Pacific Coast Models 1/32 Ta 152H-1 Kit First Look
|Date of Review
|Pacific Coast Models
|Styrene, resin, photo-etch
|Beautiful molding, relatively simple build
Doctor Kurt Tank was the designer of the Focke Wulf Fw 190 series and put the name Focke Wulf forever in the history books. Nevertheless, Tank was given his own design team to tackle the problem of developing a high-altitude interceptor. The resources of Focke Wulf were left to production of the existing Fw 190 line.
The task at hand was to develop an interceptor that could reach higher altitudes with a combination of greater lift and more power. To counter the effects of prolonged operations at altitude, the cockpit had to be pressurized. The result was the Ta 152H, an aircraft that bears a strong resemblance to the Fw 190D series, but was in fact a completely different aircraft. The wingspan alone was significantly greater.
Deliveries of the Ta 152H commenced around December 1944 with some 60 examples being produced before war's end. How effective was this aircraft? Rather than quote some book, let me share an insight from a friend who flew the Mosquito for 418 Sqn (Canadian) and became an ace, then was drafted into the USAAF to fly 'weather reconnaissance' (OSS) missions with the Mosquito for the rest of the war. According to him, as long as both Merlins were running, there wasn't anything that Jerry could put up that could catch him on his high-altitude profiles. That changed with the Ta 152. The aircraft could easily reach his flight level, but could not mount an effective intercept unless it got above or in front of him. Evidently a few came close. If I recall correctly, one of these close encounters resulted in the loss of an engine, but they still managed to get away and limp home.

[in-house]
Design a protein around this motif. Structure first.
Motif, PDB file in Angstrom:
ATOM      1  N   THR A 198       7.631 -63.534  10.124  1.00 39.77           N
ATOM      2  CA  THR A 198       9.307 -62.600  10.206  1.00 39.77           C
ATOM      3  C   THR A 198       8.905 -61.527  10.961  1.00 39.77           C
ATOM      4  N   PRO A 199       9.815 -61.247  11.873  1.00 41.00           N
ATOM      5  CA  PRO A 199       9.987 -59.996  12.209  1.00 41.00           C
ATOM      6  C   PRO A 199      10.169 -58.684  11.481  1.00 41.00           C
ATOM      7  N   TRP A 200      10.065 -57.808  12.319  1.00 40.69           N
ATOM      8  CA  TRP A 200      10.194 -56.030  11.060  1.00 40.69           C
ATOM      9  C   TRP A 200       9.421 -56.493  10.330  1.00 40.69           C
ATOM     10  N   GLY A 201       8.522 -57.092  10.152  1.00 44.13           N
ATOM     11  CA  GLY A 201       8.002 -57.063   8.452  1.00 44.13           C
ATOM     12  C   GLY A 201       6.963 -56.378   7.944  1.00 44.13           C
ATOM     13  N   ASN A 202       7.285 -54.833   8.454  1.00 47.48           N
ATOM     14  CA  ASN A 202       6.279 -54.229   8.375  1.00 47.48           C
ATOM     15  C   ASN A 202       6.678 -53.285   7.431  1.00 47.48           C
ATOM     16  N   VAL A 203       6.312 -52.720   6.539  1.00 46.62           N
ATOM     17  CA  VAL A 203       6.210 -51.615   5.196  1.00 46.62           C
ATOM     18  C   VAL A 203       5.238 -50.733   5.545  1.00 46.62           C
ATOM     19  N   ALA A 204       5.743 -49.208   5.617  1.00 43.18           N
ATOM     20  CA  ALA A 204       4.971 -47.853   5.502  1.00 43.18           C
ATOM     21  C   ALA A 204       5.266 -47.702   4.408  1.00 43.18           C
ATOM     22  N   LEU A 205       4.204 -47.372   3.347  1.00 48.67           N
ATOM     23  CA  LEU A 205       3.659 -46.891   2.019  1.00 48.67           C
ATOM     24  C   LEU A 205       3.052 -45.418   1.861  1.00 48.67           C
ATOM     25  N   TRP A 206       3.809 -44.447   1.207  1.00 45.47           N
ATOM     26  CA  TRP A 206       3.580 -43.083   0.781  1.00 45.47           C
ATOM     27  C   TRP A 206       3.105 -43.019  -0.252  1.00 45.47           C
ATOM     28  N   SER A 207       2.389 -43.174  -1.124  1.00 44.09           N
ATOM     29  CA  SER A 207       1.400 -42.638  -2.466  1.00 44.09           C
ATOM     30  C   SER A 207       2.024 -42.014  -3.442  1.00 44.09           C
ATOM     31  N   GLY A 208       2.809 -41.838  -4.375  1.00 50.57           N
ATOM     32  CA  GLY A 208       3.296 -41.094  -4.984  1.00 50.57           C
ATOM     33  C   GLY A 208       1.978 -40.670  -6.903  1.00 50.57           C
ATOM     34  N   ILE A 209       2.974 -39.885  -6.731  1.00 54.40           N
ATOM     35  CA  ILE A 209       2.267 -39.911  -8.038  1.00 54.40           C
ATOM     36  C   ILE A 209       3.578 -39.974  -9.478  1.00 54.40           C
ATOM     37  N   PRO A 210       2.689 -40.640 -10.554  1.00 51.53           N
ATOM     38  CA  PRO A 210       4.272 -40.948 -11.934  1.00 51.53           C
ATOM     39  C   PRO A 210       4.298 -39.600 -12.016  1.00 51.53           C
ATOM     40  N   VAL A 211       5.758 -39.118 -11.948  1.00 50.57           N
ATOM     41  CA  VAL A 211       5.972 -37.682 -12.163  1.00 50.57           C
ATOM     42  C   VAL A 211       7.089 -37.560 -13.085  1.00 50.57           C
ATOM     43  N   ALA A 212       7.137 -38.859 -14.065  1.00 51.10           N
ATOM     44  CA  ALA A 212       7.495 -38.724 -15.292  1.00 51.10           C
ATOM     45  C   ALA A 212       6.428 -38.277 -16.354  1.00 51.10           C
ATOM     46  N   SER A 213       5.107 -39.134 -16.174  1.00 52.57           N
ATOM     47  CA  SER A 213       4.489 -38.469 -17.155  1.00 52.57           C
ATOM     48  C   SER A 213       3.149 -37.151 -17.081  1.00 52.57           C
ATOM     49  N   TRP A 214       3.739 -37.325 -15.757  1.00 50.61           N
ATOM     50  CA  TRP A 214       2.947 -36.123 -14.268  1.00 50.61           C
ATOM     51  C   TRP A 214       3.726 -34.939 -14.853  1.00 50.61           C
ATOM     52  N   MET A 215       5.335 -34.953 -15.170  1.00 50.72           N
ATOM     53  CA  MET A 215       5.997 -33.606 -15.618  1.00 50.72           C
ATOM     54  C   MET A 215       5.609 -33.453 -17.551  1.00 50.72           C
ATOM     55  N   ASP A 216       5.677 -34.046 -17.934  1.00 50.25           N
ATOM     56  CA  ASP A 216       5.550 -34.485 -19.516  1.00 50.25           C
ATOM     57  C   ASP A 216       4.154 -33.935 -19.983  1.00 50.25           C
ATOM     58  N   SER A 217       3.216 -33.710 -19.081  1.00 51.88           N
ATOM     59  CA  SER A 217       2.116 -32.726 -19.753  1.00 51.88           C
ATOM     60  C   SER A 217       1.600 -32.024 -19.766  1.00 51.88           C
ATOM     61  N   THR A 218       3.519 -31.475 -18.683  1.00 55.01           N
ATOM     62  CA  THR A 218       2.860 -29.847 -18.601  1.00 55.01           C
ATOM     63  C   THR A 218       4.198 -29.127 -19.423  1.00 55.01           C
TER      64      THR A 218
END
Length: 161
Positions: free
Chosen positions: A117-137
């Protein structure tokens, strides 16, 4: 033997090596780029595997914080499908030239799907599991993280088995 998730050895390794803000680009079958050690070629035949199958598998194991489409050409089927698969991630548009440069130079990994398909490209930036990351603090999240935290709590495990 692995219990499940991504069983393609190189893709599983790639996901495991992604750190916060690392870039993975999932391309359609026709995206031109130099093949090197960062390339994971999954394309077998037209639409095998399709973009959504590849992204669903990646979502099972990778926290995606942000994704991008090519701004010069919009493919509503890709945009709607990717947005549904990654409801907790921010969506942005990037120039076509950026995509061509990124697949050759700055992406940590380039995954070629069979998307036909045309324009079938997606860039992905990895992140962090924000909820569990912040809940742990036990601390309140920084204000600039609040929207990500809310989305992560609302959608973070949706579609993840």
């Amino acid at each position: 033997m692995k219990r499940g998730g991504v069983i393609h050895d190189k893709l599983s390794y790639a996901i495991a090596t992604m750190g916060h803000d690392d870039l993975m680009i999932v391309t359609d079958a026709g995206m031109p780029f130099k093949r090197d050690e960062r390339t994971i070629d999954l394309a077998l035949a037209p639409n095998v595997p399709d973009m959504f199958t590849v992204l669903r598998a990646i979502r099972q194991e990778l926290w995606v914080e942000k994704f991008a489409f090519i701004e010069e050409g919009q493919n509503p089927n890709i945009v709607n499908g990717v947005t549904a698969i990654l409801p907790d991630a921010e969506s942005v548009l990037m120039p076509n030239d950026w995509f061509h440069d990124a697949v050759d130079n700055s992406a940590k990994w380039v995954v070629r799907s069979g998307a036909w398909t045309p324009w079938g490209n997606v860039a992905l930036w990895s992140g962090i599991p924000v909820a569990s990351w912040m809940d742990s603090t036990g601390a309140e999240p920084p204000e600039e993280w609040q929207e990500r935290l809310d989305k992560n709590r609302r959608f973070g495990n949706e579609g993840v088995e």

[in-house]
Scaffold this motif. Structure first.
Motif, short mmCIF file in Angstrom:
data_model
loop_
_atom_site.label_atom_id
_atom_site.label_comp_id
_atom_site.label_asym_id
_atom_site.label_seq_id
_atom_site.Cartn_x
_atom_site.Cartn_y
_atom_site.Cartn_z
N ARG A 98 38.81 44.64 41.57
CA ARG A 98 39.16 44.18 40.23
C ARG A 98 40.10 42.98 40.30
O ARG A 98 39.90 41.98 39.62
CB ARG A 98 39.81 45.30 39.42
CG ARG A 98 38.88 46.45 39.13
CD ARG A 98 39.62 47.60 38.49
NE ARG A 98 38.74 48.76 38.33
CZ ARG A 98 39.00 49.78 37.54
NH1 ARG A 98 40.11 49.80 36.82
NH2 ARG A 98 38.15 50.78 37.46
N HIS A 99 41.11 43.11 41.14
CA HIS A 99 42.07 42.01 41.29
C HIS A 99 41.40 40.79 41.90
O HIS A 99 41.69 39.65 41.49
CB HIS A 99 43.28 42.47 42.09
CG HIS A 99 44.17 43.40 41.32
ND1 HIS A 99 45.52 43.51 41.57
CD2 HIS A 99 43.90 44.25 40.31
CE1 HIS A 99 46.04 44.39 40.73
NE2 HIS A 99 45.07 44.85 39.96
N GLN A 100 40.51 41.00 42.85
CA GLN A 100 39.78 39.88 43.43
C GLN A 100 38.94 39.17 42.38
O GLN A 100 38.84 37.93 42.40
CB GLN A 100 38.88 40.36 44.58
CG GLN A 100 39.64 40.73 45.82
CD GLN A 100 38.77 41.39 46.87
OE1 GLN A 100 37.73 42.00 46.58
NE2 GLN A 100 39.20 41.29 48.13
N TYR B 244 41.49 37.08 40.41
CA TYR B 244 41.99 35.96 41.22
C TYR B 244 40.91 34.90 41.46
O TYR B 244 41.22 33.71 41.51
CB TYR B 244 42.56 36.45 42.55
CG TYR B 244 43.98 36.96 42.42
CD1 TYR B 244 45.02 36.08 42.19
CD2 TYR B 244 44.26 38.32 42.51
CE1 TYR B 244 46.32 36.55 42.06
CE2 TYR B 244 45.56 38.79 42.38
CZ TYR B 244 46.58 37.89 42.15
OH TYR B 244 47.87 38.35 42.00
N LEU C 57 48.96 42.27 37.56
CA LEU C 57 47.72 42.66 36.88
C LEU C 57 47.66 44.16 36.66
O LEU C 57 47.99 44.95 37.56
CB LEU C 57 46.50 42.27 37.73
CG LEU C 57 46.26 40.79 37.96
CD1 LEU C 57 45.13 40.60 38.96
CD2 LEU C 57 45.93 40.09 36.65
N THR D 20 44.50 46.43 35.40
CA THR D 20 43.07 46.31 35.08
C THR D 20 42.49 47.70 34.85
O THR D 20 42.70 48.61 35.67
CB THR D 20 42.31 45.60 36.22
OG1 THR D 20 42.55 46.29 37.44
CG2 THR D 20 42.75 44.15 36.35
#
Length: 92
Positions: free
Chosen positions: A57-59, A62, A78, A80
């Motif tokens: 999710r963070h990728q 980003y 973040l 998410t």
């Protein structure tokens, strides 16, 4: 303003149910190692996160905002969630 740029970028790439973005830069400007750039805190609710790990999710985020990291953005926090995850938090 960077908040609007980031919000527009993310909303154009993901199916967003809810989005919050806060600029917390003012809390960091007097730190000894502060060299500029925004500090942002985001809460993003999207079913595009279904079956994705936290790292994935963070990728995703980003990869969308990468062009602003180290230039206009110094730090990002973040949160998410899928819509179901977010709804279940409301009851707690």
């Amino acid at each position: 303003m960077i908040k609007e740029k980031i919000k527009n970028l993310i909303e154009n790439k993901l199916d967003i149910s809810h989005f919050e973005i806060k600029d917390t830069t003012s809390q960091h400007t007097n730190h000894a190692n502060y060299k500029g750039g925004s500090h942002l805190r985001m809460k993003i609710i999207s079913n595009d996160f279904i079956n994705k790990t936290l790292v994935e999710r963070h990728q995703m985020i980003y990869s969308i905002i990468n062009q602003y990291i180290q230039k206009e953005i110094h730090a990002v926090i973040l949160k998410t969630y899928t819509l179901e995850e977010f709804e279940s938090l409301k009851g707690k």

Now here is a kit that has been greatly anticipated by the modeling community! Until now, the only Ta 152H option in 1/32 was Jerry Rutman's resin kit, but now we have our first rendition of this aircraft in styrene. The box art is interesting as it depicts a Ta 152 after flaming a Soviet Fokker. I think the Fokker was flying a Yak-9, but I digress...
The kit is molded in gray styrene and presented on five parts trees, plus one small tree of styrene clear parts. This kit also features some nice resin details and a fret of color photo-etched parts as well.
The kit features a nice resin cockpit that is enhanced with color photo-etched seatbelts and shoulder harness. Since they were already doing color photo-etch, it would have been nice to have the color-printed multi-layer instrument panel that Eduard produces so well.
The aircraft has such a long wing for its high altitude work, PCM had to break the bottom half of the wing into three parts with the break just outboard of the wheel wells. You'll want to assemble the center section of the wing first, which means that you add the resin wheel wells and the resin tub that represents the exposed underside of the Jumo engine and its accessories. PCM got this distinctive detail right!
With the wheel wells in place, attach the outboard sections of the wing bottom to the center section and I'd suggest running styrene spars from behind each wheel well out an inch or two into the outboard wing panel to provide structural strength and hold the underside dihedral angle. Don't try to do both wings with one spar as you'll quickly see the wing go flat (zero dihedral) on the underside.
The landing gear is nicely detailed and the kit even features two styles of wheel hubs for the mains. The retraction mechanism looks identical to the Fw 190D update set that I purchased from Jerry Rutman to accurize my Dora (before Hasegawa released their new-tool kit). One of the distinctions between the Dora and the Ta 152 was the replacement of the electrically operated flaps and landing gear with hydraulic mechanisms. You'll have to dig out some reference photos and tweak the retraction mechanism accordingly.
The rest of the kit is very straightforward, and unless you want to surgically separate and reposition the flaps or flight control surfaces, this kit should pose no obvious problems.
This kit comes with one sheet of decals that will render one of four subjects, plus a small correction sheet that provides the aircraft numbers in a lighter shade (RLM 25). The aircraft presented on these sheet include:
- Ta 152H-0, Green 3, Stab./JG 301
- Ta 152H-0, Green 4, Stab./JG 301, W.Nr. 150010
- Ta 152H-1, Green 8, Stab./JG 301
- Ta 152H-1, Green 9, Stab./JG 301, W.Nr. 150168, as flown by Obfw. Willi Reschke
Note - pay attention to the correction sheet included in the box that updates the color callouts on the included color profile.
I have to confess that I pre-ordered this kit sight unseen as soon as I heard that Pacific Coast Models was going to produce it in 1/32 scale. While it is a simplistic kit, it does provide the opportunity for some AMS modeling.